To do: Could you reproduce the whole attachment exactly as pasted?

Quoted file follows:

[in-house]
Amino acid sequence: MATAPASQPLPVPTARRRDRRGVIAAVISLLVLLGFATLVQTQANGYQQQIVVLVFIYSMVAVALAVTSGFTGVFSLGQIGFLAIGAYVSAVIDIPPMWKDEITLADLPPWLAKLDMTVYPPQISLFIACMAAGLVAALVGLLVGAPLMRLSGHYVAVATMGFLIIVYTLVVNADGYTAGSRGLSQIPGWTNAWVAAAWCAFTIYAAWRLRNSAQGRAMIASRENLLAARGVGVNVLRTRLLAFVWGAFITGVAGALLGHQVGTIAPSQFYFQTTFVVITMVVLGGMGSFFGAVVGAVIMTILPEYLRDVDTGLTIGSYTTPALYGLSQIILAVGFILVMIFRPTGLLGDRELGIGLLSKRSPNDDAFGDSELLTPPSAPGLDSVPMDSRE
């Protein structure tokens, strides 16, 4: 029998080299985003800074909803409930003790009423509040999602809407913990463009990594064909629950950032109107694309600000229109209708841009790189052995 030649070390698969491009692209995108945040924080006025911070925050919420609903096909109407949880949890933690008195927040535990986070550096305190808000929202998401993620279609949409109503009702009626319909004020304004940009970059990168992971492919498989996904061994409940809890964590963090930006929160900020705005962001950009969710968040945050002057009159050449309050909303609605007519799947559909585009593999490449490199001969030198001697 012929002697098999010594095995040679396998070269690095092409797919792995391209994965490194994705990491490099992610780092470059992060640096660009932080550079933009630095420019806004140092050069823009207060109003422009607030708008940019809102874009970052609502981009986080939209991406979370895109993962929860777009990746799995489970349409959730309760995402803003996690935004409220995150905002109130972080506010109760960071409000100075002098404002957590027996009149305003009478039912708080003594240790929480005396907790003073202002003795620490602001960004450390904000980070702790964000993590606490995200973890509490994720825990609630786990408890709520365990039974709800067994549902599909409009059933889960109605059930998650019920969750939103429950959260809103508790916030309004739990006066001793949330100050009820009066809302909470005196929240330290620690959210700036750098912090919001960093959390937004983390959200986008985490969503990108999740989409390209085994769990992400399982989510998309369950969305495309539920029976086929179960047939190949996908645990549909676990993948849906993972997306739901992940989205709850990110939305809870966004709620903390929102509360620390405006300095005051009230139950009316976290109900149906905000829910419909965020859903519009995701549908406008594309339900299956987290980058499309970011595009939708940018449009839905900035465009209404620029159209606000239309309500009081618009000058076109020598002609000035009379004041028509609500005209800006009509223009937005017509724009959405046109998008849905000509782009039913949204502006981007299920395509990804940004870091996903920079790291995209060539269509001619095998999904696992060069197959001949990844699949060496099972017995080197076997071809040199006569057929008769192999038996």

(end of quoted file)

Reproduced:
[in-house]
Amino acid sequence: MATAPASQPLPVPTARRRDRRGVIAAVISLLVLLGFATLVQTQANGYQQQIVVLVFIYSMVAVALAVTSGFTGVFSLGQIGFLAIGAYVSAVIDIPPMWKDEITLADLPPWLAKLDMTVYPPQISLFIACMAAGLVAALVGLLVGAPLMRLSGHYVAVATMGFLIIVYTLVVNADGYTAGSRGLSQIPGWTNAWVAAAWCAFTIYAAWRLRNSAQGRAMIASRENLLAARGVGVNVLRTRLLAFVWGAFITGVAGALLGHQVGTIAPSQFYFQTTFVVITMVVLGGMGSFFGAVVGAVIMTILPEYLRDVDTGLTIGSYTTPALYGLSQIILAVGFILVMIFRPTGLLGDRELGIGLLSKRSPNDDAFGDSELLTPPSAPGLDSVPMDSRE
């Protein structure tokens, strides 16, 4: 029998080299985003800074909803409930003790009423509040999602809407913990463009990594064909629950950032109107694309600000229109209708841009790189052995 030649070390698969491009692209995108945040924080006025911070925050919420609903096909109407949880949890933690008195927040535990986070550096305190808000929202998401993620279609949409109503009702009626319909004020304004940009970059990168992971492919498989996904061994409940809890964590963090930006929160900020705005962001950009969710968040945050002057009159050449309050909303609605007519799947559909585009593999490449490199001969030198001697 012929002697098999010594095995040679396998070269690095092409797919792995391209994965490194994705990491490099992610780092470059992060640096660009932080550079933009630095420019806004140092050069823009207060109003422009607030708008940019809102874009970052609502981009986080939209991406979370895109993962929860777009990746799995489970349409959730309760995402803003996690935004409220995150905002109130972080506010109760960071409000100075002098404002957590027996009149305003009478039912708080003594240790929480005396907790003073202002003795620490602001960004450390904000980070702790964000993590606490995200973890509490994720825990609630786990408890709520365990039974709800067994549902599909409009059933889960109605059930998650019920969750939103429950959260809103508790916030309004739990006066001793949330100050009820009066809302909470005196929240330290620690959210700036750098912090919001960093959390937004983390959200986008985490969503990108999740989409390209085994769990992400399982989510998309369950969305495309539920029976086929179960047939190949996908645990549909676990993948849906993972997306739901992940989205709850990110939305809870966004709620903390929102509360620390405006300095005051009230139950009316976290109900149906905000829910419909965020859903519009995701549908406008594309339900299956987290980058499309970011595009939708940018449009839905900035465009209404620029159209606000239309309500009081618009000058076109020598002609000035009379004041028509609500005209800006009509223009937005017509724009959405046109998008849905000509782009039913949204502006981007299920395509990804940004870091996903920079790291995209060539269509001619095998999904696992060069197959001949990844699949060496099972017995080197076997071809040199006569057929008769192999038996």